Arrays in Forth


A natural question that beginners often ask is: Why doesn't Forth have features that are standard in other languages, for example, arrays? The answer is that Forth is so facile at creating new data types that it is usually easier to invent something that exactly suits your needs than it is to force your program to conform to an arbitrary standard.


Indexed and unindexed arrays

The term array in Forth has come to signify two different kinds of structures, which I distinguish by calling them unindexed and indexed.

An unindexed array allots a specified number of bytes at compile-time and returns the address of its origin at run-time. It is not really an array, in my opinion, but a work area or buffer. The defining word ARRAY in F-PC is of this type. Here it is, suitably renamed, with an example:

: unindexed-array ( n -- ) ( -- a) 
     create allot ;
80 unindexed-array u-foo   \ Make an 80-byte unindexed array
u-foo                      \ Return the origin addr of u-foo

An indexed array regards the area as divided into elements of equal length. It replaces an integer n at the top of the stack by the address of the nth element.

"Variable-like" and other kinds of indexed arrays

I call an indexed array variable-like if it returns an address. One can also have value-like arrays that return their contents, execution arrays ("vectors") that perform the contained action, and mixed arrays composed of several of these types.

Many Forth implementations provide a variable-like indexed array called simply array. It creates a 1-dimension variable-like array with elements one cell in length. Most programmers think of this when "array" is mentioned, and may even assume that it is standard. Its popularity is warranted, as it is quick and simple. Note that using 3 as the index returns the fourth element, because numbering conventionally starts with zero in Forth.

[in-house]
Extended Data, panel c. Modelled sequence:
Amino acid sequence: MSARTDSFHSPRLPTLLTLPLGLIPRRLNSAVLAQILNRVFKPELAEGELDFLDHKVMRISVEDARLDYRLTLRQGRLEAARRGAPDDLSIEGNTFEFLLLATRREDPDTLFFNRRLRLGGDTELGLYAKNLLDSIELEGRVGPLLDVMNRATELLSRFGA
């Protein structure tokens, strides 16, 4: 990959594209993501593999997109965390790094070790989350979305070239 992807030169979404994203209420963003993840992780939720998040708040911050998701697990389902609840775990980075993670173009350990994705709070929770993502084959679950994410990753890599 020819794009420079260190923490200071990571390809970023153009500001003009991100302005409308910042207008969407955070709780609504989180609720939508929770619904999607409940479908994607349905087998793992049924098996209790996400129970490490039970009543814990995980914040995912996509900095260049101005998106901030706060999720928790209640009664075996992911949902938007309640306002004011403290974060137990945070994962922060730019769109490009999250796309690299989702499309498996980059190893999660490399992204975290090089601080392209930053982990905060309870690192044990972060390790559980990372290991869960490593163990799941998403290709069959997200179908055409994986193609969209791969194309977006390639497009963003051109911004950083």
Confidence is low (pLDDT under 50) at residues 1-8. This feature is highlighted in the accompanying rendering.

If you wish, you can change the definition so that 1 becomes the first element, but it's probably better if, for example, you want an array of size 100, to define it with 101 elements and ignore the first one.

: array ( n -- ) ( i -- addr)
     create cells allot
     does> cells + ;
100 array foo              \ Make an array with 100 cells
3 foo                      \ Return address of fourth element

Remember, zero is the first element.


A flexible array

The elements of array are limited to a single cell in length. This is not adequate even for our first adventure game, Game 0, which will need five cells to store data for each room: one for the room descriptor, and four for the destinations.

The defining word long-element-array will create variable-like arrays whose elements are any desired length. At compile-time, the number of elements and their length in cells are on the stack, and at run-time, an index returns the address of the corresponding element. In the example, the array th-room provides for 10 rooms of 5 cells each.

: long-element-array ( n len -- ) ( i -- addr)
     create  dup ,  * cells allot
     does>   dup @ swap * cells + ;
10 5 long-element-array th-room  \ Create array for 10 rooms
4 th-room                        \ Find address of room 4


Subfields